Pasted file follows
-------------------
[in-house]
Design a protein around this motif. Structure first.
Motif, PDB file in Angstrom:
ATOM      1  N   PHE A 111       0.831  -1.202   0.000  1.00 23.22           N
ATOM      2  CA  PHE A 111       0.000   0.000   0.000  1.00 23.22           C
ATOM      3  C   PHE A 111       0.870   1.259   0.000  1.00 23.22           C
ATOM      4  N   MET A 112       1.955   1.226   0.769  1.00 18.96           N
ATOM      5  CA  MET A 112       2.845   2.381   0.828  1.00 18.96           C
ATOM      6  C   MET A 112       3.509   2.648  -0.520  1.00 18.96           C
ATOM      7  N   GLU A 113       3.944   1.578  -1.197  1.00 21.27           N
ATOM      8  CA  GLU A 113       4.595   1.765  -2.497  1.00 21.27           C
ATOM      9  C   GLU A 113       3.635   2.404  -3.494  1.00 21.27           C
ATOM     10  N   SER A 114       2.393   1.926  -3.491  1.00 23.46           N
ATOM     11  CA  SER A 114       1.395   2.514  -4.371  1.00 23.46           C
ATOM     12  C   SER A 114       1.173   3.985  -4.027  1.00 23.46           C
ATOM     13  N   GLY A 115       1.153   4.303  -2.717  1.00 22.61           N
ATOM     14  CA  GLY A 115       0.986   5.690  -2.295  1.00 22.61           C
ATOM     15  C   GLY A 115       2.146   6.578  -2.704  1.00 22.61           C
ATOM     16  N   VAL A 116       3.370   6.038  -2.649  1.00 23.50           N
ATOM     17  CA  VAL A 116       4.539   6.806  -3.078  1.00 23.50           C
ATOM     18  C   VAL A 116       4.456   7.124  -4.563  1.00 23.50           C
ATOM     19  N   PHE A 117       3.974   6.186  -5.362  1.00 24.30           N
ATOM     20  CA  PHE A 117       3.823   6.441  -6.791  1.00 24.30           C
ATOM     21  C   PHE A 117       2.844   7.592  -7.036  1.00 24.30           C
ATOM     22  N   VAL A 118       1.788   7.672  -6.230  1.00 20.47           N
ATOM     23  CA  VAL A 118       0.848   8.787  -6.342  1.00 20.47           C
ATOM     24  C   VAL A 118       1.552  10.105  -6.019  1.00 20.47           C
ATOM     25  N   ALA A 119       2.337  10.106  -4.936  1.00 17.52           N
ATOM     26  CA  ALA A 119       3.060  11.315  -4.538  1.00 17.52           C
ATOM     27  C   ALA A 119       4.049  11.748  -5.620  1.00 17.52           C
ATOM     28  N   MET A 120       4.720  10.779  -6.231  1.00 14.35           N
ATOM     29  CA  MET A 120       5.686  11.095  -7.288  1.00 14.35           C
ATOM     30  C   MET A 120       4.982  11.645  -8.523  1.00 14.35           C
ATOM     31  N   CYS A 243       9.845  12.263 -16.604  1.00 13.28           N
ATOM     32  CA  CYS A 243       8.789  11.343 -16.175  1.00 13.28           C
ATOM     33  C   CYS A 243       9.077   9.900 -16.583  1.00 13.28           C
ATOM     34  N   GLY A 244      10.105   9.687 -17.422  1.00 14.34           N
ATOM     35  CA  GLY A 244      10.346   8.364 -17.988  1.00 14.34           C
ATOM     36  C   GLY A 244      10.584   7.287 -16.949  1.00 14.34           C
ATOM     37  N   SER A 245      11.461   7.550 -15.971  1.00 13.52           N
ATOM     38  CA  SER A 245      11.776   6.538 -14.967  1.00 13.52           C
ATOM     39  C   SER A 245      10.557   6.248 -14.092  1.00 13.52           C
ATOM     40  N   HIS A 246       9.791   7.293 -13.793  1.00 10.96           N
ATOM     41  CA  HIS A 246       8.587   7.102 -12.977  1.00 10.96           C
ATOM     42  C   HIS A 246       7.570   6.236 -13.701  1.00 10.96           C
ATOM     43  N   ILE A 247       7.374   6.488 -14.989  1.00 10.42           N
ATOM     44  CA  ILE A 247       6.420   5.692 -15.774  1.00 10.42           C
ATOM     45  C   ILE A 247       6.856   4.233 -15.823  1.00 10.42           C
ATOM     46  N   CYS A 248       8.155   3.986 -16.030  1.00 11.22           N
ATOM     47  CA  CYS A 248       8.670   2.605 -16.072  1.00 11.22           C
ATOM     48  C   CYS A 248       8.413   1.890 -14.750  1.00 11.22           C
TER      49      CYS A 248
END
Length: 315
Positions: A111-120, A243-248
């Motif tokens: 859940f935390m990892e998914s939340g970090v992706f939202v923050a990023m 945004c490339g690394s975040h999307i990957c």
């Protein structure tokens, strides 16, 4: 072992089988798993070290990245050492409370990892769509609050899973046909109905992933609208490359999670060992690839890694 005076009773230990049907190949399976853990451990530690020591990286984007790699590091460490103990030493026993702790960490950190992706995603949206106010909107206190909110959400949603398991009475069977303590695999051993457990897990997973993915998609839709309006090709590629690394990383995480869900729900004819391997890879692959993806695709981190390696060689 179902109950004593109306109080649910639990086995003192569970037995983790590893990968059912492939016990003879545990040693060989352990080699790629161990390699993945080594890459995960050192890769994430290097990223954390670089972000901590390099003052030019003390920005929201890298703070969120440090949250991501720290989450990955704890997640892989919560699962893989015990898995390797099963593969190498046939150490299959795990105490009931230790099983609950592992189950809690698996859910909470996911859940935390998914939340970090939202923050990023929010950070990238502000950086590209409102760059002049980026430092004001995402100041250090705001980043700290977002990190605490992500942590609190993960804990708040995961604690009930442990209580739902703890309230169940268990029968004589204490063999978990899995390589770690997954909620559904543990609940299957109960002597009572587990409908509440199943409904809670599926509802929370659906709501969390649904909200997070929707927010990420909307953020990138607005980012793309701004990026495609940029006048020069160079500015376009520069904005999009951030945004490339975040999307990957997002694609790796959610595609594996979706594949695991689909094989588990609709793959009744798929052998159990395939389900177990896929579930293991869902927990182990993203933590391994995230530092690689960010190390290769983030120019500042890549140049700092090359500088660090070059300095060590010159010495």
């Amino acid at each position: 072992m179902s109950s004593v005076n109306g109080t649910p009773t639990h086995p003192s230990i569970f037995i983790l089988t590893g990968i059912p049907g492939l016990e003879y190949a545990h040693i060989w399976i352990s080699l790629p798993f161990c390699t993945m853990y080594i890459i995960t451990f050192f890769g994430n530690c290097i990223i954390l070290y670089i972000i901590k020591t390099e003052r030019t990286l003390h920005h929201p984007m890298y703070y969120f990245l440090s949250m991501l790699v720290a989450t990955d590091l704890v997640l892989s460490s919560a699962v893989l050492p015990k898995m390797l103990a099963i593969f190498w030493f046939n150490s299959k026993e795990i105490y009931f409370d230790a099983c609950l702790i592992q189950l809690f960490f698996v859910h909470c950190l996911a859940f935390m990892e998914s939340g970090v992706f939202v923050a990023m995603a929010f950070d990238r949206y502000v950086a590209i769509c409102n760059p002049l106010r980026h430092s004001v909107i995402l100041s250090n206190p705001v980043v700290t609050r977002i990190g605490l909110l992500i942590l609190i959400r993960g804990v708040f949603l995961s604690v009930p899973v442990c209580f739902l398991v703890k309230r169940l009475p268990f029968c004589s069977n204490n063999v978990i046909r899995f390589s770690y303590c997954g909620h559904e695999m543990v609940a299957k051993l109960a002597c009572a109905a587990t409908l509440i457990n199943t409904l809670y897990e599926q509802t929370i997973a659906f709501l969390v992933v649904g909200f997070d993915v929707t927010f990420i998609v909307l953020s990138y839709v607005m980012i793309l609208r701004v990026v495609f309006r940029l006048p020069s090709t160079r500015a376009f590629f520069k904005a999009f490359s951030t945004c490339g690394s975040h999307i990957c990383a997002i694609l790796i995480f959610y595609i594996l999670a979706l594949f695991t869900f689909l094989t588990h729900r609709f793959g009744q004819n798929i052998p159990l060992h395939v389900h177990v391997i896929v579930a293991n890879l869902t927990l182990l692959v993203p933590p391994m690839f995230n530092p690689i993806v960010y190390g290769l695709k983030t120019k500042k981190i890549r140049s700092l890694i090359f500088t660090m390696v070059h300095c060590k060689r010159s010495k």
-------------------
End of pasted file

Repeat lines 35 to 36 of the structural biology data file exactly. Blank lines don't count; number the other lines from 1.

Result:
ATOM     32  CA  CYS A 243       8.789  11.343 -16.175  1.00 13.28           C
ATOM     33  C   CYS A 243       9.077   9.900 -16.583  1.00 13.28           C